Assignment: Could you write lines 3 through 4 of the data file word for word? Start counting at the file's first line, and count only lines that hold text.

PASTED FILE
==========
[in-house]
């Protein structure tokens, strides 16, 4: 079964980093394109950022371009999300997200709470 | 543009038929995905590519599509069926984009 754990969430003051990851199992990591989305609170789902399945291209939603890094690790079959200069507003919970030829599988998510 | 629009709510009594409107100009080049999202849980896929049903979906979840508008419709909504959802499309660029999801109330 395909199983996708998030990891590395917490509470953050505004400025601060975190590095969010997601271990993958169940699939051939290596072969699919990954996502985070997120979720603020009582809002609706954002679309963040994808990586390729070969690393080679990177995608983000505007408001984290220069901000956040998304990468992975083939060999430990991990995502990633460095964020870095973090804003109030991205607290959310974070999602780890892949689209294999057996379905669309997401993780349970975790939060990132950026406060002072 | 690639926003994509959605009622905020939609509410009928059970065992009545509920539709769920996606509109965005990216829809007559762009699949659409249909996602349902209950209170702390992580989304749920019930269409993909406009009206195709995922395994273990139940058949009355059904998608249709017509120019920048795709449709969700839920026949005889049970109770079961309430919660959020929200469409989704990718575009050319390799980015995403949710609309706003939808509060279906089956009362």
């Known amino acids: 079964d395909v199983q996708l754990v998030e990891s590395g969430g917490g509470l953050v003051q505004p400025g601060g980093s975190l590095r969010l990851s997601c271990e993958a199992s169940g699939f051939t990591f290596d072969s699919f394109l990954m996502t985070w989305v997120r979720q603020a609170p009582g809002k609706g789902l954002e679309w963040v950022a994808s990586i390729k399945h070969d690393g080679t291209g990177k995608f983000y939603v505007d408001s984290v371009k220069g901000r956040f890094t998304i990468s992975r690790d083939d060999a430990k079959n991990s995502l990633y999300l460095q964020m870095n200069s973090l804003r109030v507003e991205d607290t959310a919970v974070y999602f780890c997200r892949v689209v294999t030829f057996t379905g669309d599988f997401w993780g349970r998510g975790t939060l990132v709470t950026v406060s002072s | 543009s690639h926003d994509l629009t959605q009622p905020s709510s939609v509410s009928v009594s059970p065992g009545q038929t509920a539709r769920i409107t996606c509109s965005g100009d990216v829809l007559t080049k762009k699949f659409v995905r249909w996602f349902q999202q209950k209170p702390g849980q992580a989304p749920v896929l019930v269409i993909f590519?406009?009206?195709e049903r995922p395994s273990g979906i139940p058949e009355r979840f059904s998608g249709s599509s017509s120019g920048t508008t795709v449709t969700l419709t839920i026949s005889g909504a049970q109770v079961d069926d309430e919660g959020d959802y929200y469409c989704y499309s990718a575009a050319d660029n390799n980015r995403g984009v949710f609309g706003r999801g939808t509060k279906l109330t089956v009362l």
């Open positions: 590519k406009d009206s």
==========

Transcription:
């Known amino acids: 079964d395909v199983q996708l754990v998030e990891s590395g969430g917490g509470l953050v003051q505004p400025g601060g980093s975190l590095r969010l990851s997601c271990e993958a199992s169940g699939f051939t990591f290596d072969s699919f394109l990954m996502t985070w989305v997120r979720q603020a609170p009582g809002k609706g789902l954002e679309w963040v950022a994808s990586i390729k399945h070969d690393g080679t291209g990177k995608f983000y939603v505007d408001s984290v371009k220069g901000r956040f890094t998304i990468s992975r690790d083939d060999a430990k079959n991990s995502l990633y999300l460095q964020m870095n200069s973090l804003r109030v507003e991205d607290t959310a919970v974070y999602f780890c997200r892949v689209v294999t030829f057996t379905g669309d599988f997401w993780g349970r998510g975790t939060l990132v709470t950026v406060s002072s | 543009s690639h926003d994509l629009t959605q009622p905020s709510s939609v509410s009928v009594s059970p065992g009545q038929t509920a539709r769920i409107t996606c509109s965005g100009d990216v829809l007559t080049k762009k699949f659409v995905r249909w996602f349902q999202q209950k209170p702390g849980q992580a989304p749920v896929l019930v269409i993909f590519?406009?009206?195709e049903r995922p395994s273990g979906i139940p058949e009355r979840f059904s998608g249709s599509s017509s120019g920048t508008t795709v449709t969700l419709t839920i026949s005889g909504a049970q109770v079961d069926d309430e919660g959020d959802y929200y469409c989704y499309s990718a575009a050319d660029n390799n980015r995403g984009v949710f609309g706003r999801g939808t509060k279906l109330t089956v009362l």
């Open positions: 590519k406009d009206s």